The Saudi Foreign Minister recently participated in the Friends of BRICS ministerial meeting in Cape Town, South Africa, held under the theme "Partnership for Mutually Accelerated Growth, Sustainable Development and Inclusive Multilateralism", and said that the Kingdom wished to advance its future cooperation with the BRICS by benefiting from the potential and capabilities possessed by both sides, with the challenge of fulfilling common interests and achieving prosperity for all. 

The Saudi kingdom is the largest trading partner of the BRICS group in the Middle East, as explained by Prince Faisal bin Farhan bin Abdullah, who said that trade relations with the BRICS countries have experienced great growth. "This reflects the growing and developing relations with the countries of the group," the minister was quoted as saying by Arab News. 

PHOTO/FILE - Vladimir Putin, presidente de Rusia, y Narendra Modi, primer ministro de India
PHOTO/FILE - Vladimir Putin, President of Russia, and Narendra Modi, Prime Minister of India

The total value of bilateral trade with BRICS countries increased from $81 billion in 2017 and $128 billion in 2021 to over $160 billion last year, as the Saudi foreign minister noted.  

The Kingdom shares core values with the BRICS countries, represented in the belief that relations between countries are based on the principles of respect for sovereignty, non-interference and compliance with international law, Prince Faisal bin Farhan explained. This ties in with the idea of seeking a new international balance and giving greater voice and importance to the Global South and the East vis-à-vis the Western bloc.  

Saudi Arabia, along with the BRICS countries, also believes in the importance of peace, security and stability to refocus efforts towards national development and common prosperity, said Prince Faisal bin Farhan.

SPUTNIK/ALEXEY NIKOLSKY - En esta foto de archivo tomada el 27 de julio de 2018, el presidente ruso, Vladimir Putin, da una conferencia de prensa al final de la 10ª cumbre BRICS
SPUTNIK/ALEXEY NIKOLSKY - In this file photo taken on July 27, 2018, Russian President Vladimir Putin gives a press conference at the end of the 10th BRICS summit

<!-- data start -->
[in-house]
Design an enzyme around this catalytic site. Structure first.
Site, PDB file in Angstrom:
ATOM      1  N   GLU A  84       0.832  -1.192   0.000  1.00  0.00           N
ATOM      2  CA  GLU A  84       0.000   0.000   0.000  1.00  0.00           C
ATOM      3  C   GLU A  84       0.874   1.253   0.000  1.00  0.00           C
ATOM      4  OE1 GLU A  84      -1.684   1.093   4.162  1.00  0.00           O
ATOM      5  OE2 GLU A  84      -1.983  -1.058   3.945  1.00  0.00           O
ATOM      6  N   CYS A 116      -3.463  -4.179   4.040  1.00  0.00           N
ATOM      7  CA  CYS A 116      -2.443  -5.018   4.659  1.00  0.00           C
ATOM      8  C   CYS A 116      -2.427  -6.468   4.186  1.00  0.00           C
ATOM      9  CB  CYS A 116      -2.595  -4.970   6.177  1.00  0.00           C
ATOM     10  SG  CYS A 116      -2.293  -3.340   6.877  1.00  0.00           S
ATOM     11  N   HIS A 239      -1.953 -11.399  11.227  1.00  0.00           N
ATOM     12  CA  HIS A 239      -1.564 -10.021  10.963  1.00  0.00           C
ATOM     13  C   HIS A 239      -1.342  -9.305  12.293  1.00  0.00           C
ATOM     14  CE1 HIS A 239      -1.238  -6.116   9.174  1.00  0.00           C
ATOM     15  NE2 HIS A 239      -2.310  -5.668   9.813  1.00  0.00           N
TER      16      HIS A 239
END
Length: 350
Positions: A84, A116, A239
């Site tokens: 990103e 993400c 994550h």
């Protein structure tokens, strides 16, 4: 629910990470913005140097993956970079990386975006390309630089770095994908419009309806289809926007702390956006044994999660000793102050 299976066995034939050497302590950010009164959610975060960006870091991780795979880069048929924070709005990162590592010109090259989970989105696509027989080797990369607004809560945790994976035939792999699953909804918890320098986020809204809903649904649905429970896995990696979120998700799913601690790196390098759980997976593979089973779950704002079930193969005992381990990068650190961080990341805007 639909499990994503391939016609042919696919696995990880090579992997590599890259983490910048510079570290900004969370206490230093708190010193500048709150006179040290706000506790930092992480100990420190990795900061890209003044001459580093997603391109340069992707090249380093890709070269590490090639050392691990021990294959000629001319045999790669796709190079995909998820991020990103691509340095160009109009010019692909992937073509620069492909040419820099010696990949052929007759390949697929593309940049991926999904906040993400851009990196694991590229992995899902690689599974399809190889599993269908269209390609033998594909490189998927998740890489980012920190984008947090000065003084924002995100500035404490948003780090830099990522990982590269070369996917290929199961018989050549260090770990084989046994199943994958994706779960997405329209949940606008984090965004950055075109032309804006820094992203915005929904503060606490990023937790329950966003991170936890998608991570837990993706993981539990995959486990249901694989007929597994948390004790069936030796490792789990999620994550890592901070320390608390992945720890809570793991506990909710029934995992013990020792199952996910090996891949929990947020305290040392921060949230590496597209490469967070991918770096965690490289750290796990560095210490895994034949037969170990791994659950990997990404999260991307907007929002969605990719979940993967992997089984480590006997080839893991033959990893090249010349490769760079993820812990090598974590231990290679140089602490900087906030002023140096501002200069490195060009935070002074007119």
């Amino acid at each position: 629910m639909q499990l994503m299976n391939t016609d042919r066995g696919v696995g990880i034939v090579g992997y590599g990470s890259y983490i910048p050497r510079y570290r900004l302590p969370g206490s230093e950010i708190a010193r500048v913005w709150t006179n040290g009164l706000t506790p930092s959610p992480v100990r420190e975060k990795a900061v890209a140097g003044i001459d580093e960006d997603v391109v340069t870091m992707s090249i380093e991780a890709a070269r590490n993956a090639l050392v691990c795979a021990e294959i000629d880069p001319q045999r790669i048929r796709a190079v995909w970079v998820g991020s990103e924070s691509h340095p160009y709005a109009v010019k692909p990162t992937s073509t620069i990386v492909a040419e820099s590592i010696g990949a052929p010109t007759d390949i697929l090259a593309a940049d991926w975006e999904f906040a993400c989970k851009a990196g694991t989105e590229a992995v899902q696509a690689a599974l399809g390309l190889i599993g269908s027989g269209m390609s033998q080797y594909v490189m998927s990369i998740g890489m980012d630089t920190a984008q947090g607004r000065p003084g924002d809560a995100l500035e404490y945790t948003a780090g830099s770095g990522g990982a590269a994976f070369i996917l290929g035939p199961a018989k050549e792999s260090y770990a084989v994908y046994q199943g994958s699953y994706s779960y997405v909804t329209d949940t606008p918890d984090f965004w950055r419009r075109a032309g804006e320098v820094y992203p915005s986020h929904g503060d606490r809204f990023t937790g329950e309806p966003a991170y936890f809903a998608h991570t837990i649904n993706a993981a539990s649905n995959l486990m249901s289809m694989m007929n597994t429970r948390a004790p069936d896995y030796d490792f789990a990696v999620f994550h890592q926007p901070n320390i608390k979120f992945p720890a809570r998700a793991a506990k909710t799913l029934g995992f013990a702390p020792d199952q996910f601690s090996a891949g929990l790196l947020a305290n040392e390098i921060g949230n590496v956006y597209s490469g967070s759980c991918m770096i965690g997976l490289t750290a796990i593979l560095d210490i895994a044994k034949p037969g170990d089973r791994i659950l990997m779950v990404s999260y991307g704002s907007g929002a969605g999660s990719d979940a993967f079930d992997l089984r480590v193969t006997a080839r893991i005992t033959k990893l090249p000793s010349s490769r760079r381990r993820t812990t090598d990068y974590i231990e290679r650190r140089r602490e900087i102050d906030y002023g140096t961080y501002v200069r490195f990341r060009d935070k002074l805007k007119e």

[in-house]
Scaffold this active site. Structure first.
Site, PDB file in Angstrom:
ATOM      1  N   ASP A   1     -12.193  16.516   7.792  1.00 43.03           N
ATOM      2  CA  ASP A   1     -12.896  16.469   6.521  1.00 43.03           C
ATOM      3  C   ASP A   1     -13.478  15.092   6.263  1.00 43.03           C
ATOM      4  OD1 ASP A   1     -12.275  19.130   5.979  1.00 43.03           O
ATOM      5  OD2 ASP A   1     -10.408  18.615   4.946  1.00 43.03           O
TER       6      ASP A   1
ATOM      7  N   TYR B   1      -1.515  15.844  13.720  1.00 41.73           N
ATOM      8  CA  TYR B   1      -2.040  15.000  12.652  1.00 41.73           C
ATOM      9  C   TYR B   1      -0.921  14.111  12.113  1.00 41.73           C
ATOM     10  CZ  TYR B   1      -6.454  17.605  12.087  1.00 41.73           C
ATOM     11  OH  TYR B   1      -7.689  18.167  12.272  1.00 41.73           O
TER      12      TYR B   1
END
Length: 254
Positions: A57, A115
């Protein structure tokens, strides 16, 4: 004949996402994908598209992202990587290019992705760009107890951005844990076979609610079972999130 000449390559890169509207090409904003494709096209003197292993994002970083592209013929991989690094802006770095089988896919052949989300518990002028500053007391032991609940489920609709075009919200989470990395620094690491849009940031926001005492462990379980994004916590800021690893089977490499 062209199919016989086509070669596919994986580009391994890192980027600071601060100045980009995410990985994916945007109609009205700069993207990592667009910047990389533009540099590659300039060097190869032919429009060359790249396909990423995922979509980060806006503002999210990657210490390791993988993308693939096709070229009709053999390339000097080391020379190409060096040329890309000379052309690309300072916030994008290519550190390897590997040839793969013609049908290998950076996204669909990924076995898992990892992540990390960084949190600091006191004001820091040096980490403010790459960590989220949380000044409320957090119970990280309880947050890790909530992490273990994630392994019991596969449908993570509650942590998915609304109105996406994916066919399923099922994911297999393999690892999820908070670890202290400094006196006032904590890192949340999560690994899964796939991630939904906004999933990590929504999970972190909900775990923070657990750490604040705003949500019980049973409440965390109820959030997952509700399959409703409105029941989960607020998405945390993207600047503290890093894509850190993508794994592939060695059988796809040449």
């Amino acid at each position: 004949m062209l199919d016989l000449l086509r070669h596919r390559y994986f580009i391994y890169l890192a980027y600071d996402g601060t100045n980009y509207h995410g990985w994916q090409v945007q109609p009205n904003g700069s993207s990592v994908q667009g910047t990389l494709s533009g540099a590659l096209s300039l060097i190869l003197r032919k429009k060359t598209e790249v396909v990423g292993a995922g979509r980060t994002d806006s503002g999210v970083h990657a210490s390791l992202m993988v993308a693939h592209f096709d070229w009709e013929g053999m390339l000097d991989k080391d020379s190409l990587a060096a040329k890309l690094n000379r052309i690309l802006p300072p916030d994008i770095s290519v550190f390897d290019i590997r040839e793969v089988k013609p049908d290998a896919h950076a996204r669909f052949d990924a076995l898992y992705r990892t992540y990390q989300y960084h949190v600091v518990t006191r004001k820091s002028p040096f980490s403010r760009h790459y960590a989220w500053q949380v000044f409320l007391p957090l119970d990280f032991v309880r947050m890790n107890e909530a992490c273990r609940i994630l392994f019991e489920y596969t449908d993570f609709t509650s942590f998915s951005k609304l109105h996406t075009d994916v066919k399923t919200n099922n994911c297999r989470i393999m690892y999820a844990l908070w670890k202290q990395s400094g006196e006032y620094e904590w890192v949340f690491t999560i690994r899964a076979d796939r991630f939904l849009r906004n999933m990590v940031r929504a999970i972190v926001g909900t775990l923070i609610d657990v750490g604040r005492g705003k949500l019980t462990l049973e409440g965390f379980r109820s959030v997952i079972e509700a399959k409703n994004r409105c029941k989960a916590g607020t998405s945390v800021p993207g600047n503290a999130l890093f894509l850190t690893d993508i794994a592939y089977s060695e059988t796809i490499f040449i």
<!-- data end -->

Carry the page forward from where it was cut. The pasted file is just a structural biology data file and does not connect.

Interest in joining BRICS and gateway to the Gulf

The BRICS group of rapidly developing emerging economies has established itself as an alternative to the Western-dominated global order since the fall of the communist bloc and the end of the Cold War. According to several analysts, this strong emergence and weight of the BRICS countries has sparked the interest of dozens of countries to join the bloc, which is preparing its next summit in August.  

South Africa, currently holding the BRICS presidency, will host the next three-day meeting in Johannesburg in August and argues that BRICS expansion will be high on the agenda. Argentina, Iran, Saudi Arabia and the United Arab Emirates are among the countries seeking to join the group, South Africa's BRICS ambassador Anil Sooklal told reporters, adding that this showed the confidence the Global South nations have in the organisation. "Twenty-two countries have formally approached the BRICS countries to become full members. There are an equal number of countries that have been informally enquiring about becoming BRICS members," Sooklal said. 


The BRICS group is seen as "a powerful force", Sooklal said, adding that they account for about 31.7% of global GDP, having surpassed the G-7, a forum of advanced democracies that includes the United States.  

Mikatekiso Kubayi, a researcher at the Institute for Global Dialogue at the University of South Africa, explained that the BRICS had generated high expectations. "You will recall that, from the beginning, BRICS was a grouping that was easily dismissed by many, particularly in the West, as being seen simply as a concept," Kubayi said, adding that this entity "has achieved a lot in the 15 years that it has existed".

On the other hand, in addition to providing better access to an important oil and gas market, Saudi Arabia's entry into the BRICS group means a window of opportunity for Brazil, Russia, India, China and South Africa to access Gulf markets. Especially given the urgent need for the group's two largest economies, China and India, to access Gulf energy markets in order to sustain their strong economic growth and move towards global economic leadership.